Navigating the maze
October milk cheques mark the end of the first 12 months since market deregulation. This months Milk Price Review examines how the milk price maze has unwound over the year
MILK pricing is a complicated business.
To try and make sense of it all, the Milk Price Review has made comparisons on the basis of a standard litre. This consists of 4.1% butterfat, 3.25% protein, 980 litres/day output, a TBC of less than 20,000 and a cell count below 250,000.
This approach does not necessarily reflect the actual price each company pays for its milk.
That depends on the profile of the dairys suppliers (herd size, yield, constituents, etc) – information which is not readily available.
But it does allow an exploration of the issues which lie at the heart of milk pricing.
There are three main approaches:
• Most are based on constituent value, where prices are paid according to the amount of fat and protein delivered.
• Some have made flat rate payments, subject to minimum quality standards.
• Others (particularly those in Scotland) have made base price payments which are adjusted up or down depending on constituent values.
The first of these is the most transparent, clearly showing farmers the value of each element of milk production.
Another important feature of milk pricing has been the "Milk Marque plus" factor. A number of buyers committed themselves to pay a premium over Milk Marque. These are split into three categories:
• Some have mirrored Milk Marque in all respects (constituent values, transport, hygiene, seasonality) and paid a fixed premium in addition.
• Others have linked themselves to Milk Marque through constituent values alone. Factors such as transport, hygiene and seasonality have all varied, leaving the actual premium above or below that originally pledged.
• The remainder adopt their own schedules, making lump sum payments to ensure their original guarantees are met.
These bonuses have done little to assist market transparency. The best approach in this respect is from companies who have simply adopted a market led pricing system, based on constituent values, without paying bonuses.
Nestlé, Lancashire Dairies, Golden Vale, Avonmore, Woodgate Farms, Midlands Co-op, Robert Wiseman Dairies and MD Foods, for example, have all taken this approach. "Payment directly through the milk price should be more resilient than the often politically-motivated bonus arrangements," says Stephen Bates of Wye College, University of London.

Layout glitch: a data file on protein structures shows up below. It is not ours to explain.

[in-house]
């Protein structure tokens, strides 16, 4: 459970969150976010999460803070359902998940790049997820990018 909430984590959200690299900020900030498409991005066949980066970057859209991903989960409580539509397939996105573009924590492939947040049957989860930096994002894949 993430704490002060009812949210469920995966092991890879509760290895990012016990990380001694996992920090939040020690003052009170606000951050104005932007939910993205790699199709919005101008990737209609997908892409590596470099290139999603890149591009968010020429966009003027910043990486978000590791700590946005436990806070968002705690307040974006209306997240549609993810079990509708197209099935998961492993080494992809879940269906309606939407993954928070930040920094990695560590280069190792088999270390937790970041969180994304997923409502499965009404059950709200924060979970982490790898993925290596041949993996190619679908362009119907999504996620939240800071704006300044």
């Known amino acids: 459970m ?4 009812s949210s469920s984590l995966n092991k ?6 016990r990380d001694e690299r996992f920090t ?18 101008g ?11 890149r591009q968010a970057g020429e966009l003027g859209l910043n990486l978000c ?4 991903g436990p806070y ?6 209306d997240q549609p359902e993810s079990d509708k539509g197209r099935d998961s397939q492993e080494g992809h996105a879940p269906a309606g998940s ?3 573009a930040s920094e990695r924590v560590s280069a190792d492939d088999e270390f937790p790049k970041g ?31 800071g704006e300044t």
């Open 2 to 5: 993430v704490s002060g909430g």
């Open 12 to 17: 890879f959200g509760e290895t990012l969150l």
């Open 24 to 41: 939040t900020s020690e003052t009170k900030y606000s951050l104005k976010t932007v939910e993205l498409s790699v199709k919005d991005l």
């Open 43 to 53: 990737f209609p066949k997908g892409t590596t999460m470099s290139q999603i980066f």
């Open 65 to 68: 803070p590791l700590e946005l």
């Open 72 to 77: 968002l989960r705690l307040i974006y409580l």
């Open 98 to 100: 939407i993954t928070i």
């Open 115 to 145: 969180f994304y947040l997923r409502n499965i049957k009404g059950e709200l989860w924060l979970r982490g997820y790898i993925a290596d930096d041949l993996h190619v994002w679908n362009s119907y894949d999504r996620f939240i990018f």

So what are the lessons to be learnt from the past 12 months?
• For farmers, it must be that deals are often more complex than they first seem. They should look behind the headline figures and try to view the offer in its entirety. Farmers who are able to produce high protein and/or butterfat should opt for a contract based on constituent values. Those who can obtain high yields but with lower constituent values should consider a flat rate contract. Smaller farmers at a distance from their buyer should pay particular attention to the transport element. Seasonality too makes a big difference and farmers need to see which schedule best fits their own supply profile.
• For the trade, the past year has shown that buying milk direct is no simple matter. After 60 years of having milk delivered to them, the dairy companies have had to adjust quickly. Some have coped well, a lot have simply managed and a few have clearly struggled. What is more, the increase in milk prices has had severe repercussions for the processing industry and the removal of excess capacity may well herald a price backlash some time in the future.
"Deregulation of the milk market should have unleashed competitive forces characterised by high efficiency and low product prices," observes Mr Bates. "But though the power of Milk Marque has enabled prices to rise, the difficulties experienced by processors in sourcing milk direct show the co-op is also providing a useful service through the collection and distribution of milk."